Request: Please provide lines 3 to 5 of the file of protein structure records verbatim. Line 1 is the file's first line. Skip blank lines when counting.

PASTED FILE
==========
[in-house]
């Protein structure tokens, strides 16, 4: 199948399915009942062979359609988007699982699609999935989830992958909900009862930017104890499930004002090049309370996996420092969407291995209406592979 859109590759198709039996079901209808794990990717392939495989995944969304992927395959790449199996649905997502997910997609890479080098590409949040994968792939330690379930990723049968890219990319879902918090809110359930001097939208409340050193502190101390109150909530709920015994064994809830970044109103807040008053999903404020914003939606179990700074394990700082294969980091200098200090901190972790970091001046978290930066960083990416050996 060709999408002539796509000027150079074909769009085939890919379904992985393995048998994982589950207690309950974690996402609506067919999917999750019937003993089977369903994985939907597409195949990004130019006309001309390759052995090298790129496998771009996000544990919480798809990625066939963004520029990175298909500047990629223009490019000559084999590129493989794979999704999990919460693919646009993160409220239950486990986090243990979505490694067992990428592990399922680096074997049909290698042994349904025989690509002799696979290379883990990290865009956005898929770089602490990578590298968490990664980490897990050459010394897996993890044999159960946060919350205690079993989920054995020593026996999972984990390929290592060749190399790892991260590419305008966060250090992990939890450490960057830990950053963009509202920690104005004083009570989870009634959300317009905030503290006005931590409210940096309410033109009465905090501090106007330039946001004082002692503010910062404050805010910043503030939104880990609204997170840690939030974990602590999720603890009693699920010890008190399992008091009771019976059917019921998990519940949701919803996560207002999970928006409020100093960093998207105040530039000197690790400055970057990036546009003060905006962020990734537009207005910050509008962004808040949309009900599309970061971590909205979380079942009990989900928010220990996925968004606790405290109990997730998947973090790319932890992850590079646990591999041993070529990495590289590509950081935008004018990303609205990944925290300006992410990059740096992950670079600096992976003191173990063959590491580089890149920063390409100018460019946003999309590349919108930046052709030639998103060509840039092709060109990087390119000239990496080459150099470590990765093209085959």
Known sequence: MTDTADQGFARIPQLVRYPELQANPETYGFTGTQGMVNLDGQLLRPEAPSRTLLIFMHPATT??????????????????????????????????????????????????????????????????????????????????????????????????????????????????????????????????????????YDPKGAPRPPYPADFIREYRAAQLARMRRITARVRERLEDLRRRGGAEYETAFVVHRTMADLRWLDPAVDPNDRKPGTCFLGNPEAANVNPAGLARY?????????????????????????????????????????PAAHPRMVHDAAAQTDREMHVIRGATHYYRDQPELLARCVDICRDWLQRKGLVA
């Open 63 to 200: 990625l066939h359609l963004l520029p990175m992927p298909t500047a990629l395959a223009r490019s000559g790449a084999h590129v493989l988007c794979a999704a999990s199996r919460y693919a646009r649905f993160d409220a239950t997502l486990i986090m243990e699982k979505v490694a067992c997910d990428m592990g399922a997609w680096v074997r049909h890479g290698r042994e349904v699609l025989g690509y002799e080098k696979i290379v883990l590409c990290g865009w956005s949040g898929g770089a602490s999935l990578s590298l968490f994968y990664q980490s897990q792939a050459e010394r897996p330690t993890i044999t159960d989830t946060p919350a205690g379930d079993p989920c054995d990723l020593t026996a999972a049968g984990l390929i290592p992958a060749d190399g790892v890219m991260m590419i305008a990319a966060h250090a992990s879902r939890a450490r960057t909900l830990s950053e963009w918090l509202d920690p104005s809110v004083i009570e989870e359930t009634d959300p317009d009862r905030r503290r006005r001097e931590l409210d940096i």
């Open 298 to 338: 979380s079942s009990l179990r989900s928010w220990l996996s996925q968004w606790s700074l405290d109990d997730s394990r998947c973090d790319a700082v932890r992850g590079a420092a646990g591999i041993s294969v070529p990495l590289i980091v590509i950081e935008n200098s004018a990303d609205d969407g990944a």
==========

Known sequence: MTDTADQGFARIPQLVRYPELQANPETYGFTGTQGMVNLDGQLLRPEAPSRTLLIFMHPATT??????????????????????????????????????????????????????????????????????????????????????????????????????????????????????????????????????????YDPKGAPRPPYPADFIREYRAAQLARMRRITARVRERLEDLRRRGGAEYETAFVVHRTMADLRWLDPAVDPNDRKPGTCFLGNPEAANVNPAGLARY?????????????????????????????????????????PAAHPRMVHDAAAQTDREMHVIRGATHYYRDQPELLARCVDICRDWLQRKGLVA
């Open 63 to 200: 990625l066939h359609l963004l520029p990175m992927p298909t500047a990629l395959a223009r490019s000559g790449a084999h590129v493989l988007c794979a999704a999990s199996r919460y693919a646009r649905f993160d409220a239950t997502l486990i986090m243990e699982k979505v490694a067992c997910d990428m592990g399922a997609w680096v074997r049909h890479g290698r042994e349904v699609l025989g690509y002799e080098k696979i290379v883990l590409c990290g865009w956005s949040g898929g770089a602490s999935l990578s590298l968490f994968y990664q980490s897990q792939a050459e010394r897996p330690t993890i044999t159960d989830t946060p919350a205690g379930d079993p989920c054995d990723l020593t026996a999972a049968g984990l390929i290592p992958a060749d190399g790892v890219m991260m590419i305008a990319a966060h250090a992990s879902r939890a450490r960057t909900l830990s950053e963009w918090l509202d920690p104005s809110v004083i009570e989870e359930t009634d959300p317009d009862r905030r503290r006005r001097e931590l409210d940096i």
């Open 298 to 338: 979380s079942s009990l179990r989900s928010w220990l996996s996925q968004w606790s700074l405290d109990d997730s394990r998947c973090d790319a700082v932890r992850g590079a420092a646990g591999i041993s294969v070529p990495l590289i980091v590509i950081e935008n200098s004018a990303d609205d969407g990944a």